In my experience, a more complete answer to this question lies in defining the difference between a DEM, DTM and a DSM. A DTM is NOT a generic name covering both DEMs and DSMs. So...
A DEM is a 'bare earth' elevation model, unmodified from its original data source (such as lidar, ifsar, or an autocorrelated photogrammetric surface) which is supposedly free of vegetation, buildings, and other 'non ground' objects.
A DSM is an elevation model that includes the tops of buildings, trees, powerlines, and any other objects. Commonly this is seen as a canopy model and only 'sees' ground where there is nothing else overtop of it.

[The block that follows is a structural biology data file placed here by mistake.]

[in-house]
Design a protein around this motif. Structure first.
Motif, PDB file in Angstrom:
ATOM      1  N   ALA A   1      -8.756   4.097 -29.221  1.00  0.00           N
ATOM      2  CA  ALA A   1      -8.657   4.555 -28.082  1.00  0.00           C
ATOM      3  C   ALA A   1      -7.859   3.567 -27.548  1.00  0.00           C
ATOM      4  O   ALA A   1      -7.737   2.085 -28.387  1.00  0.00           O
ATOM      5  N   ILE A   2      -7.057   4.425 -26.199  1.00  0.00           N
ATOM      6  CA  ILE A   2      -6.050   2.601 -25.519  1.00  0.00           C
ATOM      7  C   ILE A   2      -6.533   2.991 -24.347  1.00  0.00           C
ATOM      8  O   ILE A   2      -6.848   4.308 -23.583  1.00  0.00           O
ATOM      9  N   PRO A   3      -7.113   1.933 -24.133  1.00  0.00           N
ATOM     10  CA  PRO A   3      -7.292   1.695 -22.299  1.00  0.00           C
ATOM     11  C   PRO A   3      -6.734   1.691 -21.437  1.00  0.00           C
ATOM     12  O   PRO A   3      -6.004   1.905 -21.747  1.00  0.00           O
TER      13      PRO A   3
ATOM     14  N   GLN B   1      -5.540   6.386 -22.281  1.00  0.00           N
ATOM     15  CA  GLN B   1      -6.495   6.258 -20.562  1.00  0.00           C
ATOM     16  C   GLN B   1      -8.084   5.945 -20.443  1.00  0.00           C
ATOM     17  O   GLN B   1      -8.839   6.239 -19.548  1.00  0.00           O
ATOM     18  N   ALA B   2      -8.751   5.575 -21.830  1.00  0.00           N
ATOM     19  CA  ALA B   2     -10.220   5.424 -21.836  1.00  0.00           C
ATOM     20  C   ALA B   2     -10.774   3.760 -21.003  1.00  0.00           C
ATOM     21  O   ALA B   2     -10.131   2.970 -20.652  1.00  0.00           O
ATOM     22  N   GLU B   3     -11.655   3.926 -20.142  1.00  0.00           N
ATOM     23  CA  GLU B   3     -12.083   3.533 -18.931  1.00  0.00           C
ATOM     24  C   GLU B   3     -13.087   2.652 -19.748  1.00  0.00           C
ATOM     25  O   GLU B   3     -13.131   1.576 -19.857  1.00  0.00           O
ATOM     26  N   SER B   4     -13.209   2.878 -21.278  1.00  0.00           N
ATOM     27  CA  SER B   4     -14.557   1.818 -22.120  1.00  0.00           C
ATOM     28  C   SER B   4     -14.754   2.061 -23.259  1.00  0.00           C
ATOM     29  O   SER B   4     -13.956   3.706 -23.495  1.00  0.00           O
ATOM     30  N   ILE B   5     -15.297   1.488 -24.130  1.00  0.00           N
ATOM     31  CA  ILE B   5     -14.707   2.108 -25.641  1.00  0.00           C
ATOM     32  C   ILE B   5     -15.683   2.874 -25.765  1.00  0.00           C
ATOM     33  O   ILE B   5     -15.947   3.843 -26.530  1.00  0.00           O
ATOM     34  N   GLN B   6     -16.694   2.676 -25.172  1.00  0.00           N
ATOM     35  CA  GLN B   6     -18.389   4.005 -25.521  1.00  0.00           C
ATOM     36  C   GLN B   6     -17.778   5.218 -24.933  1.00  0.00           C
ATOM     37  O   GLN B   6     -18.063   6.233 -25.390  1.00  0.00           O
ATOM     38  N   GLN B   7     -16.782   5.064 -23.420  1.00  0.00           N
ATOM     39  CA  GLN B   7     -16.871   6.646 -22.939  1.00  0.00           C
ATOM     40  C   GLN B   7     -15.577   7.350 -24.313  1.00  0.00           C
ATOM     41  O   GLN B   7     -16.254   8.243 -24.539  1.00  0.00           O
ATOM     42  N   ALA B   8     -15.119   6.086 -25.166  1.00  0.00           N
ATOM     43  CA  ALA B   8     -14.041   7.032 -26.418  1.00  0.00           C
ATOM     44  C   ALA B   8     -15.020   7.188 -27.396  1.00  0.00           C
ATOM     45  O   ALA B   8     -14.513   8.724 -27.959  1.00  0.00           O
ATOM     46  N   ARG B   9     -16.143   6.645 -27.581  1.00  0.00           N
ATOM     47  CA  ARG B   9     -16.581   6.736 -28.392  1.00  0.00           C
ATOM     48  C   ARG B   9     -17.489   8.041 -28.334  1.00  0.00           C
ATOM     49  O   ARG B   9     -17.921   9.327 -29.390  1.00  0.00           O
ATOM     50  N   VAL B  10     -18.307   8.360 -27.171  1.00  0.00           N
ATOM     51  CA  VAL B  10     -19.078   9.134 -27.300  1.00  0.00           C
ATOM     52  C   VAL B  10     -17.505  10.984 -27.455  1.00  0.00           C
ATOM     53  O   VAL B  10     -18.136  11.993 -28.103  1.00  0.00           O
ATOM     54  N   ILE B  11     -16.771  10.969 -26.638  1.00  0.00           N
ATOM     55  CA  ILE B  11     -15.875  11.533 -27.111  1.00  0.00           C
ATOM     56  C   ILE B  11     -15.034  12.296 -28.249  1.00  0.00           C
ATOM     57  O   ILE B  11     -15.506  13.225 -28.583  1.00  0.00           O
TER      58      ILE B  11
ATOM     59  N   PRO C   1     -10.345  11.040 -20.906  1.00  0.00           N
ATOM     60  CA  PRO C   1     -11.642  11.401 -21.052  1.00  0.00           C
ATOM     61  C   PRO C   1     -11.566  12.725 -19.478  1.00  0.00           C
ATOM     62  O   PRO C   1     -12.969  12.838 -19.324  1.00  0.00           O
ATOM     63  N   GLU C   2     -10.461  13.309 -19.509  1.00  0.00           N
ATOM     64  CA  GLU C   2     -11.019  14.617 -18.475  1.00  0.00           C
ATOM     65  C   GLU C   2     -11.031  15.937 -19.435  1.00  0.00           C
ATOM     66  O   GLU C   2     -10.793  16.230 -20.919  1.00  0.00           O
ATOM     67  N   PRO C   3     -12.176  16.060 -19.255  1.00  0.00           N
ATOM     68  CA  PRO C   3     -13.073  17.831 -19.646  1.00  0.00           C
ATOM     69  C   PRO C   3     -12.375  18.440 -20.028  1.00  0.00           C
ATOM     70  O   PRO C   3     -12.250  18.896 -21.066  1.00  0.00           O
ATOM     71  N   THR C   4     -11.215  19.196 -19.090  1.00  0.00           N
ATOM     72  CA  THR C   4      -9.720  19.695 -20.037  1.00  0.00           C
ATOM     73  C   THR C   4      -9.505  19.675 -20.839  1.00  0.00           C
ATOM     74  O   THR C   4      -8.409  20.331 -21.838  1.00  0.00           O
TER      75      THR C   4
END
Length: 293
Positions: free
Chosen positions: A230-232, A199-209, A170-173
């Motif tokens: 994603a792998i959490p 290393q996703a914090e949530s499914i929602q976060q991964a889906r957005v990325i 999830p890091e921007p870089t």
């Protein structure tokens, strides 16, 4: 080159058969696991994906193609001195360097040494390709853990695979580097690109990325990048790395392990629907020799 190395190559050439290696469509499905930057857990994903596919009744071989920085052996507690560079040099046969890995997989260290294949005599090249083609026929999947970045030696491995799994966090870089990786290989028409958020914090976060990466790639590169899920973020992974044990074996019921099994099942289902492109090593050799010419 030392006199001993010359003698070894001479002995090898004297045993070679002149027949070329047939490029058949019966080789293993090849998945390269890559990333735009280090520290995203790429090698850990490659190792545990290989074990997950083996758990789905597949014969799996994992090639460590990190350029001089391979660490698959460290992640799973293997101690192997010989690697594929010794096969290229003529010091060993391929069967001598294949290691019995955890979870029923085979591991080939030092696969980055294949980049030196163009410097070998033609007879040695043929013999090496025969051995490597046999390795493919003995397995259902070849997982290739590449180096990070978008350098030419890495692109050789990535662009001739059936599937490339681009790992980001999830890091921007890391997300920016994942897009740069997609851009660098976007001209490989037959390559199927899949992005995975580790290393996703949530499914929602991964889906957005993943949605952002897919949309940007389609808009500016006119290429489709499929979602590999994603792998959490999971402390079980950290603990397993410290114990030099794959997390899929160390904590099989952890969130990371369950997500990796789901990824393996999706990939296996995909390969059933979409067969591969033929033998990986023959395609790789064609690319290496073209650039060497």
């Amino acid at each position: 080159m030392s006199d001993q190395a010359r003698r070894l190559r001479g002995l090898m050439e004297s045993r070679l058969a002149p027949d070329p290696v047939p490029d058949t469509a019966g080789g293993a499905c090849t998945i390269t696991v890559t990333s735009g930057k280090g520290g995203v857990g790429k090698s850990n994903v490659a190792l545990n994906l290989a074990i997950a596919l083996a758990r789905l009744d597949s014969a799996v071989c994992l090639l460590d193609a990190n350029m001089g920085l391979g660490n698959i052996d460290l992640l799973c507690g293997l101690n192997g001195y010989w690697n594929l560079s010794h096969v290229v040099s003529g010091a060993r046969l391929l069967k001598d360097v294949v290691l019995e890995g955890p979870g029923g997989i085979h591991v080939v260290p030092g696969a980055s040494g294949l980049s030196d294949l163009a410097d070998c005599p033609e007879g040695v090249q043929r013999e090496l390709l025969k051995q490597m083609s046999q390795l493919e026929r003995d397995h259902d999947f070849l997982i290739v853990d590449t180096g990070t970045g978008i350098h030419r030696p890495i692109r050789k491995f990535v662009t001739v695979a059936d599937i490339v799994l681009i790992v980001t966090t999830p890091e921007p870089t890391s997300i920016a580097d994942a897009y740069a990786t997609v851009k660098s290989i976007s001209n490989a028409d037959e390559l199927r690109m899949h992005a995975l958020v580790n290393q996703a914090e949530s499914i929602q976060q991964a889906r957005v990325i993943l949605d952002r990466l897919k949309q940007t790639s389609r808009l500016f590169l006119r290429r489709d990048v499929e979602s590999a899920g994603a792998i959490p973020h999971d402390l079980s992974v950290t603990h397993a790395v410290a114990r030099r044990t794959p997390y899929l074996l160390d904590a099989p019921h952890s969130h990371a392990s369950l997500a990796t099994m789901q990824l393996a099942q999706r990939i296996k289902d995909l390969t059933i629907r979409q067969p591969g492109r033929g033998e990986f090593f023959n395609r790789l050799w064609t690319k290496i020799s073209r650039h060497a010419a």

A DTM is effectively a DEM that has been augmented by elements such as breaklines and observations other than the original data to correct for artifacts produced by using only the original data. This is often done by using photogrammetrically derived linework introduced into a DEM surface. An example is hydro-flattening commonly seen in elevation models done to FEMA specifications
Incidentally, a DEM is far cheaper to produce an a DTM.